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Lethbridge Herald Newspaper Archives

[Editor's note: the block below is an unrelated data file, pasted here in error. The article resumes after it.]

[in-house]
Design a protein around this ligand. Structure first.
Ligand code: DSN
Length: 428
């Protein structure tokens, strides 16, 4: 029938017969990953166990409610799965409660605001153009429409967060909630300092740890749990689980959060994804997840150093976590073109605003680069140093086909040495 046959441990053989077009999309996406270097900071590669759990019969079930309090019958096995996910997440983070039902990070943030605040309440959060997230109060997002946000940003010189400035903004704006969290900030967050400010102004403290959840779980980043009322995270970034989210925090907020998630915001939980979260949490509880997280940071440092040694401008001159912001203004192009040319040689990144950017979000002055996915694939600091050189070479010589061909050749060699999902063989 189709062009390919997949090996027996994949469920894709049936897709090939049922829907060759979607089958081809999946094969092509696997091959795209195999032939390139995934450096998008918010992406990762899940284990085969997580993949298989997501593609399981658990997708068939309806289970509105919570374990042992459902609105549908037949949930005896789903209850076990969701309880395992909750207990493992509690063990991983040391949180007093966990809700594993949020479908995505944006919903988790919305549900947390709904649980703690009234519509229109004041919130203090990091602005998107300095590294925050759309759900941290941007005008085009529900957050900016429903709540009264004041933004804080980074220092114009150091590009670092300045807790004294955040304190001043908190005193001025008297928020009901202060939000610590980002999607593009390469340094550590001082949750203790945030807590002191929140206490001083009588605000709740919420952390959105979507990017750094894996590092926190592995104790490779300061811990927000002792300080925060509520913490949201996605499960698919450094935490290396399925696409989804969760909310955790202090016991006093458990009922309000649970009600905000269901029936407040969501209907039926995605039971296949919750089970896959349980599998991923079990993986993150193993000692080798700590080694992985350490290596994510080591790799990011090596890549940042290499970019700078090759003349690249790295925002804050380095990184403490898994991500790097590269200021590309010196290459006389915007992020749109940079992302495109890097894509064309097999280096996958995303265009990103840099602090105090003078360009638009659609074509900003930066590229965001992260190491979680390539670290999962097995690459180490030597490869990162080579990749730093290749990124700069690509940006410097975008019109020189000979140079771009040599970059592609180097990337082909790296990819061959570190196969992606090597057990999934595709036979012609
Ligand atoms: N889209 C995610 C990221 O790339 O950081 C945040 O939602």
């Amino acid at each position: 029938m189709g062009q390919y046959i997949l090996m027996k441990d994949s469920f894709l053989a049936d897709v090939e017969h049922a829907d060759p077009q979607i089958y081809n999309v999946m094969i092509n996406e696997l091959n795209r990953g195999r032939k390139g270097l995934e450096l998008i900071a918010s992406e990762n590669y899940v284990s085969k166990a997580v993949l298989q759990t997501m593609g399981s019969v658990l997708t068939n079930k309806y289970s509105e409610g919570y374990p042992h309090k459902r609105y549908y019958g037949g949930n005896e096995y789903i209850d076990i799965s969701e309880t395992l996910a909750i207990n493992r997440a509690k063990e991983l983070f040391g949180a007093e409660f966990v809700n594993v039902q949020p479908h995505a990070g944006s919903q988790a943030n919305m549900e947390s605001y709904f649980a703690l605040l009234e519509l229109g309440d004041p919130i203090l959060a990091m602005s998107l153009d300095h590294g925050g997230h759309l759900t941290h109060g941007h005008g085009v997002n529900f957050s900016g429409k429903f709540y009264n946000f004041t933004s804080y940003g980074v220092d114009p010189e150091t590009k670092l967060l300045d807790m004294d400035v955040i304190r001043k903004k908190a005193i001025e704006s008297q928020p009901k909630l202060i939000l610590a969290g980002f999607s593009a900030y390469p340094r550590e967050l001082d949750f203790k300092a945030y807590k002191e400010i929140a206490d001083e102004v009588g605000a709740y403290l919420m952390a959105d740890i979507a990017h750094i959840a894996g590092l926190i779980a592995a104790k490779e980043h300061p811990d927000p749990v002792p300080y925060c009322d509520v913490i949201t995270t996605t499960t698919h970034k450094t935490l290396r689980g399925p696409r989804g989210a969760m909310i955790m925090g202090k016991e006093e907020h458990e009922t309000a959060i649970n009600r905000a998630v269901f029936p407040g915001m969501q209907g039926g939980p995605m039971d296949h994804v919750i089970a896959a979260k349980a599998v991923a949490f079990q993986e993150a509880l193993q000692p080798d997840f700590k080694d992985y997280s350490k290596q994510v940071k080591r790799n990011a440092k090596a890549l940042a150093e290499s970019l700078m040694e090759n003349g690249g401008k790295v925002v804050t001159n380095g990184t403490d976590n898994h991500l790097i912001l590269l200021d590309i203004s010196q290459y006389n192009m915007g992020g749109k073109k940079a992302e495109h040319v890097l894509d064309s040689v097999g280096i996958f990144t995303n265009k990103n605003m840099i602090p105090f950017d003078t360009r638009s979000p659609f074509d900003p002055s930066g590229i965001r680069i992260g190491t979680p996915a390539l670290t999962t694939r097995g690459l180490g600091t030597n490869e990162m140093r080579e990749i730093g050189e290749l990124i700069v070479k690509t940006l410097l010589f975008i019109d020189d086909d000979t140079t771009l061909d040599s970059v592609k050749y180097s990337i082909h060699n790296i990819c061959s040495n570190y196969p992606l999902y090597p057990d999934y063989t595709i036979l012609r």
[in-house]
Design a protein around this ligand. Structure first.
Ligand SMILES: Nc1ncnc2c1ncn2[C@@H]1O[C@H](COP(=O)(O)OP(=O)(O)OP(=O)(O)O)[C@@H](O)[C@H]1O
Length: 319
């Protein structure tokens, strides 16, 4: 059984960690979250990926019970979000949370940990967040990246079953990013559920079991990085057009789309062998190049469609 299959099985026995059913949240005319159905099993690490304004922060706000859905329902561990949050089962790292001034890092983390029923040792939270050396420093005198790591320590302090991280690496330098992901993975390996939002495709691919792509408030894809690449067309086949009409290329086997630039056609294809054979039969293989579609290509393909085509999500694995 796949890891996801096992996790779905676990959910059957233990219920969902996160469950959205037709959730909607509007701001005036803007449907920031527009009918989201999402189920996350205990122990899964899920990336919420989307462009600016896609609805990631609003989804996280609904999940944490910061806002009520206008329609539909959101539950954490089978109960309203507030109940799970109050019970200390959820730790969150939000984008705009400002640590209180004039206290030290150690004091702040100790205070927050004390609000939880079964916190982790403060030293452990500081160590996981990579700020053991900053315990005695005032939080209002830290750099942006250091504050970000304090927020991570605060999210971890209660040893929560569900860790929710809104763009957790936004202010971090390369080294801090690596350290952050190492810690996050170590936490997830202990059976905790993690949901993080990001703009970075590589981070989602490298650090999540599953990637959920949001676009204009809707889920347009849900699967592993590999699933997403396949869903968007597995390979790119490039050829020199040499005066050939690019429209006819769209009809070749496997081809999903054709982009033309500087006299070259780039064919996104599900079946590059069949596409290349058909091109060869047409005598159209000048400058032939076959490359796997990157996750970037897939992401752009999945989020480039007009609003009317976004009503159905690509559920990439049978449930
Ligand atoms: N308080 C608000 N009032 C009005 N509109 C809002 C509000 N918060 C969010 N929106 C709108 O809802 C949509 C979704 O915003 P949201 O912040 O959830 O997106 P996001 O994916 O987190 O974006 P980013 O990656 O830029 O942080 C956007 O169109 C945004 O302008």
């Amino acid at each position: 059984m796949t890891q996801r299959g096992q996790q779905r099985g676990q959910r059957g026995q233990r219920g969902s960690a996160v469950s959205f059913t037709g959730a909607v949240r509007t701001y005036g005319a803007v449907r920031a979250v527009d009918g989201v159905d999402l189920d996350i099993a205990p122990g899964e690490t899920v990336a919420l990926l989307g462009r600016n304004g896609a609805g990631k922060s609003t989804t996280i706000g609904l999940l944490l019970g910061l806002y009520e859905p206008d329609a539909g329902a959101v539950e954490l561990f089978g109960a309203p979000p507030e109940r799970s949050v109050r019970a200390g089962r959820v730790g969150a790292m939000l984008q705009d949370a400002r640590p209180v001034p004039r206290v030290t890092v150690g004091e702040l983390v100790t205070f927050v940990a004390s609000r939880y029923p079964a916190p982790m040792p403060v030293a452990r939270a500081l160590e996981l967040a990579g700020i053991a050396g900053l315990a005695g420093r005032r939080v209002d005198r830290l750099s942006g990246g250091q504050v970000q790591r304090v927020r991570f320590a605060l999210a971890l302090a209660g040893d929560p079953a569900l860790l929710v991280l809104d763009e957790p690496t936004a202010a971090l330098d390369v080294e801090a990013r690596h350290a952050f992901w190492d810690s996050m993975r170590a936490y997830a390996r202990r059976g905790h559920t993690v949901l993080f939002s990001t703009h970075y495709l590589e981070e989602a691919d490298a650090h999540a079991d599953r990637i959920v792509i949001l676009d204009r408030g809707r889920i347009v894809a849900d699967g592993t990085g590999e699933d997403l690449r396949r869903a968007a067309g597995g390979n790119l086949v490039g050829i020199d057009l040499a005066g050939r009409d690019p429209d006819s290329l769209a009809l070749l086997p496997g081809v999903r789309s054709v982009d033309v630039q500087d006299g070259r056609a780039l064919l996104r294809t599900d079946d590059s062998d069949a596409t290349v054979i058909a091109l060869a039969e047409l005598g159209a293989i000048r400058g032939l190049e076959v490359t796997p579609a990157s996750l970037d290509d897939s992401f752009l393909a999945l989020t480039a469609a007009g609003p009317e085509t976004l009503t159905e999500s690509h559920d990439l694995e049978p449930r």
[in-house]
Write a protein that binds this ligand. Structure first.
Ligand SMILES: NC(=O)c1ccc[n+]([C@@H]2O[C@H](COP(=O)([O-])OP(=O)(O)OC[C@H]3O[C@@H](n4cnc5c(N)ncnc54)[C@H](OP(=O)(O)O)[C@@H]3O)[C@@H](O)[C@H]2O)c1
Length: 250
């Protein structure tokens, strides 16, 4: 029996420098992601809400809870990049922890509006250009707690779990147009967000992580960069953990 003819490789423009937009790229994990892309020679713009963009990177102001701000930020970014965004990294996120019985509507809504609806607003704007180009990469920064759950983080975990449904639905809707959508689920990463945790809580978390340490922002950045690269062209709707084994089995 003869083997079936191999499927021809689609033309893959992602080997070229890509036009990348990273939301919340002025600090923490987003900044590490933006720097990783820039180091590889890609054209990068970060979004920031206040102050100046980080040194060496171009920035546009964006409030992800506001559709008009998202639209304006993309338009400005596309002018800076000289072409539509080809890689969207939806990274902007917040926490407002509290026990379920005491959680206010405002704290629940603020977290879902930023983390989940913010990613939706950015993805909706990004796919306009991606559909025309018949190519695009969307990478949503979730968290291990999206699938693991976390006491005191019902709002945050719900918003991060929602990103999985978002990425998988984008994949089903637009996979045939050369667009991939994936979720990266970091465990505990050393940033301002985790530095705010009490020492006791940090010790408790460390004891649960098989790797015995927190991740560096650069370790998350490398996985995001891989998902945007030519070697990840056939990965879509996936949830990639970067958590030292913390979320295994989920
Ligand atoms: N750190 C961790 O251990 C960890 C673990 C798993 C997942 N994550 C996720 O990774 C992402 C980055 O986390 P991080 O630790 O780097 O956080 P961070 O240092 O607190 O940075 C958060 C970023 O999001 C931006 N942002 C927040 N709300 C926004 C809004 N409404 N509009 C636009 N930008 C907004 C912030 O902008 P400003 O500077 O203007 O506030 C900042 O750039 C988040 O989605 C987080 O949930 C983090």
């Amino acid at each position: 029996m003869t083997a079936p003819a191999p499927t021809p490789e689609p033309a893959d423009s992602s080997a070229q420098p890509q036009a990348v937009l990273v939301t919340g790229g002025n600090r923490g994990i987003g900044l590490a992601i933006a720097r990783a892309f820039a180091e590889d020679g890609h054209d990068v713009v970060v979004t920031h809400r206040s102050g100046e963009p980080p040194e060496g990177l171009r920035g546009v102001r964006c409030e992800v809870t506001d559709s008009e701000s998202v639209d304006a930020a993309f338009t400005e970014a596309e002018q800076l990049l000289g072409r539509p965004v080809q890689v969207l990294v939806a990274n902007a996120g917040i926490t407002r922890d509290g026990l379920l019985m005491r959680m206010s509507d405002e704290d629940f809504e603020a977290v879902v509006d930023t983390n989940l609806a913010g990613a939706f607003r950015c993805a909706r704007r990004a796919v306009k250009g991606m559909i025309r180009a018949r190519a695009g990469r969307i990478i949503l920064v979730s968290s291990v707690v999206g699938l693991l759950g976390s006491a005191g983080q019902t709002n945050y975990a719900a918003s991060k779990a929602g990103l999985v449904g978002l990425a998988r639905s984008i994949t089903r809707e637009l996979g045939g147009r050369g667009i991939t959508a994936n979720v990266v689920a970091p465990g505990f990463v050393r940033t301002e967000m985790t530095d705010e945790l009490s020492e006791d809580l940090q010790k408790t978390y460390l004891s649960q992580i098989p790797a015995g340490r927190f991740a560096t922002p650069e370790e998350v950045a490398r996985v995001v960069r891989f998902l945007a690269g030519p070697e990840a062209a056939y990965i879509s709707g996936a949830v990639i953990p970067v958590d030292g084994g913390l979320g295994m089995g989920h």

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Lethbridge Herald (Newspaper) - October 19, 1918, Lethbridge, Alberta sne^keo oct the Teiephone- WHERE, l-b CLObEO t COULONT TELL "too - fOU SiOMeWHEHE OP COUt^t)E. � HAD TO TEU. WEf^e OUT- SATURDAY, OCTOBmia, 1918 QUN3 FOR PINCHER CHEEK � Brigadier Oener^l Ormond, a ^ former reanieut at Plnohor > Crook, has presented th�t town  with two Gorman machine guns ? cepturod by the 62nd Intantry J. The Sport Page TO SAVE MS Scotch Supply of "Cleeks" Like-Jy to Be Cot off on Account of War. American linksmen �who prefer iron  heads for their golf clubs manufactured in Scotland to the domestic j article will hare to conserve the stock I in hand if they are not to be left^wlth-out a niblick or a mashle fit to cut a decent sized dIvoL A great many of the Scotch cleekmakers tiave long since turned their forges over to the governmen't and are now engaged in hammering the �teel -which they formerly put Into golf club beads into stirrups and similar articles. According to those in the. business, shipments of Scotch-made "cleeka" have been coming in fairly regularly, but if the war should last that much longer it is just possible that the supply will cease altogether before another season rolls around. Experts Particular. Although to many one golf club Uead may look lust like the next, the expert has his likes and dislikes, and .there is a peculiar something about the Scotch-made iron head that makes it first choice. How it comes that th^ United States, the home of the steel industry, can not duplicate these heads is not the least peculiar part of the whole affair, but according to those who have handled them all their lives, the Scottish cleekmaker gets a certain doll finish to his iron heads �which they do not seem to be able to duplicate in this country. Whether it is in the steel or the method of working the metal even professionals can not say yet they can tell at a glance which is the homermade club head and which the imported article. Moreover, a great majority of the amateurs are partial to the Scotch-made .club head. Fire Did Not Ruin Them. That this is more than a fad was demonstrated to the satisfaction of George Loiv, the Baltnsrol professional, -when Are destroyed that club several years ago. Scattered throughout the lockers in the clubhouse and stored in Low's shop were many brands and grades of iron club heads. After "the fire the professional found among the ruins a mass of twisted Iron heads from which the shafts had been burned. Nothing was of any use to him but the heads, forged by a certain celebrated Scotch cleek maker, and these, although blackened and discolored by the smoke and heat, were Just as good as ever for golf. They had retained all their shape and h�irdness, and after a few burnishings one could scarcely tell that they had been.through a fire. But while the Scotch cleekmakers may le�d their particular branch of the trade-It is generally agreed among the professional golfers that the Amelican clubmaker turns out the best wooden club heads, both as to finish and general appearance. In this �way the honors of the golf club-making art are about evenly divided between the old world and the new. STER SUGGESTS New York Giants' Secretary Gives Pointers for Betterment of Sport. SELLS AT 160 PER NEW SPORTS ADOPTED Sailors Keen For Boat Racing, Trap-hootlng, Pushball. Great Lakes Naval Training Station, Great Lakes, 111., Oct. 19.-^Boat racing trapshooting and pushball, three new sports, .have been adopted by the athletic officer here. The first boat race brought ont 15 10-oared cutters manned by husky coxswains. The course �was one mile in Lake Michigan. In a New York.-John B. Fostoi. former veteran baseball writer, and new secretary of the Giants, ventures to make some suggestions for the betterment |onl7 one'case\ liowevel-rbeing~se^^^^ (Prom Our Own Correspondent) Barons. Oct! IS-Gunner Harold Hansen, who left with a Lethbridge Battery in 1916 ami has seen much hard seryice at the front, returned home on Sunday. His father, Mr. C. W. Hansen, motored to Calgary on Saturday and brought him down by road. Gunner Hansen has been invalided home on account of shell-shock and trench fever, but has the appearance of being in first cJass healtli. On Thursday evening a dinner party was given by Mr. and -Mrs. Hansen in hon-qr of their son's return. Si.t cases of Spanish influenza have been reported in the town and district. SEVENIY PER ACRE of professional baseball in the days when peace settles down upon a war-torn world. He sets up no claim to being a Moses, but he admits that a beginning must be made by some one. "The game of baseball," says Foster, "must be made a sport and be Dr. �\VIliwIn does not anticipate fatal results in any of the cases so t^r brought to his notice. �Mr. C. D. Taprell, official organizer for the 1018 �Victory Loan Campaign, was in town on Tuesday making arrangements for the canvass- in this a back seat. There have been un-^. . ^ , ^ . , i reasonable players and there have stirring finish, with oars movmg to- 'been unreasonable crab owners. Th gether, the 17th regiment shot over the �winner by a length. Trapshootlng is a favorite pastime among the officers. ^ splendid clubhouse has been erected on the out-sk;irt3 of the camp. Shoots and tournaments are held every v Saturday afternoon. OEAOF FREEDOM OFSEAS London, (British Wireless Service), Oct. IS.-Comment from the German newspapers circulated by the German �wireless service gives an interesting version of peace as the German wireless imagine it. All the newspapers of the country are in favor of such of President Wilson's points as freedom of navigation. The German idea of the freedom, of navigation is shown by the comment as two-sided." The Germans not only look forward to freedom of navigation in peace, but want the same freedom in war so that their -mercantile marine may escape the consequence of someone else controlling the sea. The boycott apparently fills Germany -with the greatest anxiety. Colonial qnestions also loom large in her plans. controlled by true sportsmen, in a i district. Mr. Donovan was again ap-sportsmanllke way. Commercialism ' pointed chairman of the local com-of baseball should be made to take j mittee and H. May, secretary. It -would seem that the real estate market is picking up again. Mr. J. B. ere ; irv^ine has sold Sec. 12-12-22, about should be team work between player j ight miles east, to Spokane people, and owner in the future and a per-;at 560 an acre. George Forsman has If You are Considering the Purchase of a Used Car it will pay you to examine our stock. We have the following to choose from; 490 Chevrolet Touring One Ford Touring Baby Grand Chevrolet One Dodge Touring One McLaughlm Touring All in good shape. BAALIM MOTOR Co. BACK OF UNION BANK THE RED CROSS NEED YOUR OLD TIRES AND TUBES, THROW THEM IN OUR RED CROSS BOX feet understanding. This can easily be brought about and will be. "There should not be any deal that will even suggest the slave as between the player and owner. No player should even be sold by one club ' 10 another with the 'slave taint.' The player may be transferred," but there should be no angle to the deal in which the player is not treated with equity. "Many times in the past I have been of the opinion that players did not have full knowledge of cases in which they were personally interested. The player should have a thorough knowledge of any step he is asked to take and he should be informed considerately and carefully, so that he may enter into any transaction that affects his future as a player with his eyes wide open. "The baseball public should bo taken into the confidence of club owners and players. The public pays the bsse-ball freight, makes baseball possible, and is entitled to know what is going on. Only men who arq fully conversant with baseball and know it from A to Z should be made executive officials. "Again the big leagues should conduct their affairs independently of the minor leagues. There are too many divergent angles between the majors and the minors tor them to be in the same body." GOB SCRAPPERS ARER WHES Pal Moore, Pokorney, Mitchell Are Willing to Meet Fighters in the Service of Out, USED CAR DEPARTMENT MitcheU Touring, 1917, Ford Roadster, 1914. Ford Touring, Special Equipment, 1917. Ford Touring, 1917. Maxwett Roadster, 1917. BUOU MOTOR PARLORS, LTD. THE HOUSE OF SERVICE" Great Lakes, 111., Oct. 19. - Pal Moore, the Memphis fla.sh, and Pokorney, pride of Cleveland, both husky second class seamen in the navy and boxing instructors at Great Lakes, have joined with Bitch Mitchell in challenging outside scrappers-mean ing those not in service. Mitchell was matched for a 10-round no decision go against Soli Friedman, the Chicago boy, at Milwaukee ITriday night, when city health authorities stepped in and closed the doors.^ -.'ffo crowds were allowed indoors because of the influenza epi-denjjo. It was a tough break, as indications pointed to the biggflt fistic assembly of the year for Milwaukee. Ritchie is a chief quartermaster in the navy. Until recently be has been bothered -with an infected arm that prevented training and his appearance in the arena. Now fully recovered and his pbyaicai condition polished up by the regular hours and "chow" of the navy, the shifty Milwaukee product is ready for any 133-poundorfl in the cou-ntry. ' Lieutenant John Kennedy, olllcer in charge of boxing at the training camp, has taken over Moore's affairs with a view of landing a bout for the Memphis champion. Pal is particularly eager to get hooked up with Georgie Adams of CUoaca, Adams' manager sold a quarter about five miles west of town to his neighbor, Arnegard. Ed. Popham -went to Calgary on Thursday to make arrangements for : the removal of his family to that city ' tor the winter. Mr. Popham will continue in the real estate and auctioneering business here, but wishes to give his childrT the benefit of the superior educational facilities of the city. "Your own correspondent" has been criticized for the unintelligible termination of the report of the special service on Sunday. Evidently the compositor who set the type missed a line, making it appear that Mrs. Campbell had .sung ail the National Anthems of vhe Allies and given three cheers, alone and unassisted, for eac^ of the leading men of the allied nations; instead of which it should have been stated that she had sung "Let us have peace," and that the meeting was closed with the singing of the aforesaid anthems and with the aforesaid cheers. OTierefore a kick is hereby registered. Mr. Mustard has returned to Barons and is understood to have leased a half section west of town. The committee appointed to look after the Interests of returned soldiers met at Mrs. Cooper's on Thursday evening and arranged to hold a public entertSiinment in the Oddfellow's hall on Friday evening of next week, in honor of the men so far returned from the front. A program committee, con Bisting of Mrs. Iverson, Miss McLean, Mr. Planting and .Mr. Brown, was appointed, as was also a decoration committee consisting of Messrs. Fus ee, Kennedy and Venables. Special invitations are to be sent to all returned men of whom the committee have knowledge, but it Is to bo understood that any returned soldier in the district, or relatives of returned men or of mnn overseas, will be welcome wiiotlier they, are specially in viled or not. The entertainment will be open to the public and there will not be any cliarge for admission. The ladles will serve refreshments. Messrs. Grant & Moir, real estate and insurance agents, have dissolved partnership. :\lr. Grant will devote his full time in future to his farming interests and the business �will be continued by Mr. Moir. Provincial Constable Mackie of Barons, ha."; bpen going after the bootleggers lately. Within the last ten days he has made hauls at Vulcan and Champion and last night he captured an automobile with four cases of firewater at Barons, -_ / excellent character, was held In the basement of the church and a good number of friends sat down. After supper the entertainment was hold in the K.P. hall and was of a most interesting character. The Ladies' Aid B.re to be ((pnsratulated-upon thesuc-cess which ha^ attended their efforts. The bigf' storm that blew over the district last week did not do so much damage a^ far aa can be learned. The cook car which is used in connection with Mr. Taokab'erry'B drilling outflt and is co'mmohly inown as Tacka-berry's Ark, was blown over completely on Friday afternoon, but there was no damage done. Mrs. Kilpatrick had her mother and sister staj'ing with her over the weekend. Miss Mcintosh spent the holiday in Pincher Creek. During this week a quarter section was sold by Mr. Tucker to Mr. Kaake, the price being |70 per acre. J. Harris & Co. put the deal through. Central Garage ALL KINDS OF AUTO REPAIR WORK HANOLEb PROMPTLY AND CAREFULLY STORAGE ACCESSORIES BATTERIES PHONE 1023 Old Roller Rink, oor. 3rd St. A 4th Avenue 8., Lethbridge W. H. DOWLING W. 8. COOK (From Our Own CorrMOondent) Noblefofd, Oct. 18.-The various committees who have in hand the new membership drive for the local Red Crosss society have so far h&d a good time. The roll has been greatly enlarged and'work In general will, be benefitted when the new members get into harness. The new members are as follows: From the Newlands district, K. Thompson, Mrs. N: Cox, Geo. �Todd, J. B. Hayden, Mrs. W. Cawdron, D. Ferguson, Mrs. A. Clayton, Mr. Anderson, A. Davy, Mr. Van Welder, Mrs. Fritz, W. R. Robblee, J. D. Speck, Mrs. Speck, T. E. Boulton, G. H, Saunder-son, J. McClemson. From the Rose Butte djstrlct the following were obtained, Mrs. J. Willey, Mrs. Cox, B. Gelenysic, A. Schaafma, A. Kooy. Mrs, B. Hamm, R. Nyoff, N. Schuklin, Mr. Lohuzen, J. Bannink, Mr. Hausman, W. Geintz, H. Davies, P. Mlebach, G. S. Gorton, Mr. Tucker, P. Demit, Miss Auld, Mrs. Van Dyke, Mr. Kelnuker, Mr. Konljnenbett, J. Konijnenbett, J. Vandervoude, N. Bannlck, C." -Wlthage i (Iko mISSIoi' C' i'' WUh'ale i^"'^""- t^-MaJor-Gen. Maur-e nTerbersblnl E%m1ih' Mr nlr ^^'"'""e in the Daily News, says a DV.;"f^?5 ; t^' my has been able to bring off some T M^rt/ P,t=n^- sreat coup and to dangle victory be- f'?,'^T��,'/p,l^,^'t? wn^l' ?Tr= 5' foi-e Wcs of the German people r ^ ^" . like a carrot dangled before the nose Todd W. Cawdron. The canvassers , donkey." TWs year the outlook for these districts were Mr. Saunder- ^as suddenly hecome utterly hopeless, '''lT^^l^�>'ir:^. J. Buchanan i''�.--�'*�"�''' .ANDY. THE RADIATOR MAN WILL REPAIR YOUR RAOIAT-OR-AND GUARANTEE THE WORK. Rertr Dallaa Hotel (Upatairt) received a message saying that his laother had passed away. / Sunday morning was observed in the local church as a Thanksgiving service and the opportunity was taken to present the Sons of the Soil badges to the three young men in our midst who had done their duty to the Empire in the way of greater production. These were, J. Cox, S. Cox and A. Prendergast. The badges were pinned on by the reeve of the village, C. S. Noble. Thanksgiving Day was celeb'rated (here by the Ladies' Aid of the church ' who put on a supper and entertainment. The supper, which was of an "Now we are combining really effective military pressure with relentless naval pressure, which, If slow, has been certain and terrible. "The enemy is still some way from complete military defeat, but probably our military pressure combined with other pressure has been sufficient to break his whole front. "The comparatively rapid progress that the troops under. King Albert are making in Belgium Is -one result of the victories further south. Marshal Foch very skilfully defeated the obvious attempt of the enemy to force us to destroy Lille without guns, J^or he was manoeuvred out of Lille by King Albert's advance on Ghent." SERVICE STATION HENRY J. DENN P.-oprletop All Makes of Batteries Charged -and Repaired 311 7th Street S. Phone 616 AUTO TIRES OF ALL SIZES VULCANIZED By the Famous Haywood System RE-TREADING & REPAIRING By Experienced Workmen. All work guaranteed. Special Equipment for Rim Cut Repairs. R. D. RITCHIE 208 13th St. 8. Opp. Ellison Mills Vulcanizing! Have your tires and tubes repaired at the Centra] Whore you get dollar for dollar's -worth of service and all our work guaranteed. Sectional, Blowouts, Rimcuts, Spots and Kettle Re. treading a specialty. Central Vulcanizing and Tire Service Station Rear of iDallas SST-O through the press, hinted Moore was side-stepping liis protege. According to Lieutenant Kennedy and Pal himself, Adams is welcome to a light any time, anywhere and at any weight. Moore scales around 116 tneso dayK. posaibly a pound or so over or under, depending upon the amount of work,done daily. During a portion of la.st month Wilson (that's Pal's right narne) was boxing IB rounds every day for Instruction purposes. Moore haH invested $500 in Liberty bonds of the fourth issue, the largest single athlfttir, subscription at the lakes. The station fighters went over the top 100 per^cent. Every mitt artist, amatftur or professional, novice or export, inve.-Hed in jit least one of the bonds. A Canadian Institution Fit-Reform has grown up \srith Canada. It represents Canadian tastes; the ideas of our best people in regard to the fashions of the day. It has become a part of/ the inheritance of succeed* ing generations-like the family name. Fit-Reform is distinguished by a faithful service-a complete and fine confidence-that marks it as more than a mere tailoring establishment-an institution, Fit-Reform has a place in the esteem of its patrons that is steadily strengthened with the passing seasons. -Keio McKELVIE & McGUIRE tETHBRIDGE 75013802 ;